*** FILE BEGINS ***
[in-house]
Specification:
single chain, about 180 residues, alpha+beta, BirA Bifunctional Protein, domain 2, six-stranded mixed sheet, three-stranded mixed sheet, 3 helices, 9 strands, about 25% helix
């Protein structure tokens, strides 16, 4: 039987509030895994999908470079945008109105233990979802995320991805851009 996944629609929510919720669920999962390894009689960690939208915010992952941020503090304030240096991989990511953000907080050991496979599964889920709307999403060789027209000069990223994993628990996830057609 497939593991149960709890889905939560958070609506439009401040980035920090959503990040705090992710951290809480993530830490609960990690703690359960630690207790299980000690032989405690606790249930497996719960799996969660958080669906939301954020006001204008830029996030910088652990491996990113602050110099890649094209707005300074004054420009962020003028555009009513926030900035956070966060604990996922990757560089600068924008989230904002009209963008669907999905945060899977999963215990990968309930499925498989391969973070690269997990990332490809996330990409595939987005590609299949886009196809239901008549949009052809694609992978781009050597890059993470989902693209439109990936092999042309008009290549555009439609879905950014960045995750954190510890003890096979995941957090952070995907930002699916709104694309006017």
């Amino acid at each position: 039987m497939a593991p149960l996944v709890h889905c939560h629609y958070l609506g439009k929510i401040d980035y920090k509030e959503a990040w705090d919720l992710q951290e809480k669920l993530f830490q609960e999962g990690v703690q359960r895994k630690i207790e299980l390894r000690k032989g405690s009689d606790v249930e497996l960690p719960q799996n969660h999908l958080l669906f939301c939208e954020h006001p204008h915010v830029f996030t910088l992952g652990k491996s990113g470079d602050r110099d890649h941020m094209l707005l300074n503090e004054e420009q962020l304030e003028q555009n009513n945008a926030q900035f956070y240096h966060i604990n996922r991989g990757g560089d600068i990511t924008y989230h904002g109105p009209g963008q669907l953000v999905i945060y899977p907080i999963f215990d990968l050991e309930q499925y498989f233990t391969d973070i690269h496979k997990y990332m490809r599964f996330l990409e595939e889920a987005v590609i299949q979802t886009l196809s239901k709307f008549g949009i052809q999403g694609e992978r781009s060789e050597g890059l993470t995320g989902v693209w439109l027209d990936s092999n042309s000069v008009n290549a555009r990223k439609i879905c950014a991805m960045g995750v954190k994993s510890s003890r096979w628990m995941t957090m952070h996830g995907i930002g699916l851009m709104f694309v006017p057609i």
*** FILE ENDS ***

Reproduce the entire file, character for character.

[in-house]
Specification:
single chain, about 180 residues, alpha+beta, BirA Bifunctional Protein, domain 2, six-stranded mixed sheet, three-stranded mixed sheet, 3 helices, 9 strands, about 25% helix
């Protein structure tokens, strides 16, 4: 039987509030895994999908470079945008109105233990979802995320991805851009 996944629609929510919720669920999962390894009689960690939208915010992952941020503090304030240096991989990511953000907080050991496979599964889920709307999403060789027209000069990223994993628990996830057609 497939593991149960709890889905939560958070609506439009401040980035920090959503990040705090992710951290809480993530830490609960990690703690359960630690207790299980000690032989405690606790249930497996719960799996969660958080669906939301954020006001204008830029996030910088652990491996990113602050110099890649094209707005300074004054420009962020003028555009009513926030900035956070966060604990996922990757560089600068924008989230904002009209963008669907999905945060899977999963215990990968309930499925498989391969973070690269997990990332490809996330990409595939987005590609299949886009196809239901008549949009052809694609992978781009050597890059993470989902693209439109990936092999042309008009290549555009439609879905950014960045995750954190510890003890096979995941957090952070995907930002699916709104694309006017």
């Amino acid at each position: 039987m497939a593991p149960l996944v709890h889905c939560h629609y958070l609506g439009k929510i401040d980035y920090k509030e959503a990040w705090d919720l992710q951290e809480k669920l993530f830490q609960e999962g990690v703690q359960r895994k630690i207790e299980l390894r000690k032989g405690s009689d606790v249930e497996l960690p719960q799996n969660h999908l958080l669906f939301c939208e954020h006001p204008h915010v830029f996030t910088l992952g652990k491996s990113g470079d602050r110099d890649h941020m094209l707005l300074n503090e004054e420009q962020l304030e003028q555009n009513n945008a926030q900035f956070y240096h966060i604990n996922r991989g990757g560089d600068i990511t924008y989230h904002g109105p009209g963008q669907l953000v999905i945060y899977p907080i999963f215990d990968l050991e309930q499925y498989f233990t391969d973070i690269h496979k997990y990332m490809r599964f996330l990409e595939e889920a987005v590609i299949q979802t886009l196809s239901k709307f008549g949009i052809q999403g694609e992978r781009s060789e050597g890059l993470t995320g989902v693209w439109l027209d990936s092999n042309s000069v008009n290549a555009r990223k439609i879905c950014a991805m960045g995750v954190k994993s510890s003890r096979w628990m995941t957090m952070h996830g995907i930002g699916l851009m709104f694309v006017p057609i």